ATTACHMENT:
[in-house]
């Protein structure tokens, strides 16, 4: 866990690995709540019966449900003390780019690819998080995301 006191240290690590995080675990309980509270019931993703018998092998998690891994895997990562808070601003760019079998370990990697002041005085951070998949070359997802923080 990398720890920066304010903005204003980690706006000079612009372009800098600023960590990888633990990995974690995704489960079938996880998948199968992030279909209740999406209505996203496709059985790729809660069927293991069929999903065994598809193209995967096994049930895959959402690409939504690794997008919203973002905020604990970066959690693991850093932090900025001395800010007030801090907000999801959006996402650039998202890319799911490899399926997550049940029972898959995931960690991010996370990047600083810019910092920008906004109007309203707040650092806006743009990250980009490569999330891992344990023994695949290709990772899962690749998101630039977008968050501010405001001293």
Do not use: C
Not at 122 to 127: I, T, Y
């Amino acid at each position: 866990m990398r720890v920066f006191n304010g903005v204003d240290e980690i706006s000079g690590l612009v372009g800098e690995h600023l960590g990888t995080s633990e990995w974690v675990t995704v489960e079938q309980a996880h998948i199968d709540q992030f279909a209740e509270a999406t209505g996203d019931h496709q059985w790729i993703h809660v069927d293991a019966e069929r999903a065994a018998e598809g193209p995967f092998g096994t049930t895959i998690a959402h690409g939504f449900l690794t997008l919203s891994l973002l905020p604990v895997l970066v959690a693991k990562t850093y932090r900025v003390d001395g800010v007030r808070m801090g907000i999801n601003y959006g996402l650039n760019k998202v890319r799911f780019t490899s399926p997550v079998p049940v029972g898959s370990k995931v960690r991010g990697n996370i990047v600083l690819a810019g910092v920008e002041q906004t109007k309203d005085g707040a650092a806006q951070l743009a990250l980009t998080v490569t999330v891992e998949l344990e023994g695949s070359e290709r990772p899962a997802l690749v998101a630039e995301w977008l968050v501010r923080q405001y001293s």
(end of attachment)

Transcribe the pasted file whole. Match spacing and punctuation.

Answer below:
[in-house]
């Protein structure tokens, strides 16, 4: 866990690995709540019966449900003390780019690819998080995301 006191240290690590995080675990309980509270019931993703018998092998998690891994895997990562808070601003760019079998370990990697002041005085951070998949070359997802923080 990398720890920066304010903005204003980690706006000079612009372009800098600023960590990888633990990995974690995704489960079938996880998948199968992030279909209740999406209505996203496709059985790729809660069927293991069929999903065994598809193209995967096994049930895959959402690409939504690794997008919203973002905020604990970066959690693991850093932090900025001395800010007030801090907000999801959006996402650039998202890319799911490899399926997550049940029972898959995931960690991010996370990047600083810019910092920008906004109007309203707040650092806006743009990250980009490569999330891992344990023994695949290709990772899962690749998101630039977008968050501010405001001293």
Do not use: C
Not at 122 to 127: I, T, Y
């Amino acid at each position: 866990m990398r720890v920066f006191n304010g903005v204003d240290e980690i706006s000079g690590l612009v372009g800098e690995h600023l960590g990888t995080s633990e990995w974690v675990t995704v489960e079938q309980a996880h998948i199968d709540q992030f279909a209740e509270a999406t209505g996203d019931h496709q059985w790729i993703h809660v069927d293991a019966e069929r999903a065994a018998e598809g193209p995967f092998g096994t049930t895959i998690a959402h690409g939504f449900l690794t997008l919203s891994l973002l905020p604990v895997l970066v959690a693991k990562t850093y932090r900025v003390d001395g800010v007030r808070m801090g907000i999801n601003y959006g996402l650039n760019k998202v890319r799911f780019t490899s399926p997550v079998p049940v029972g898959s370990k995931v960690r991010g990697n996370i990047v600083l690819a810019g910092v920008e002041q906004t109007k309203d005085g707040a650092a806006q951070l743009a990250l980009t998080v490569t999330v891992e998949l344990e023994g695949s070359e290709r990772p899962a997802l690749v998101a630039e995301w977008l968050v501010r923080q405001y001293s």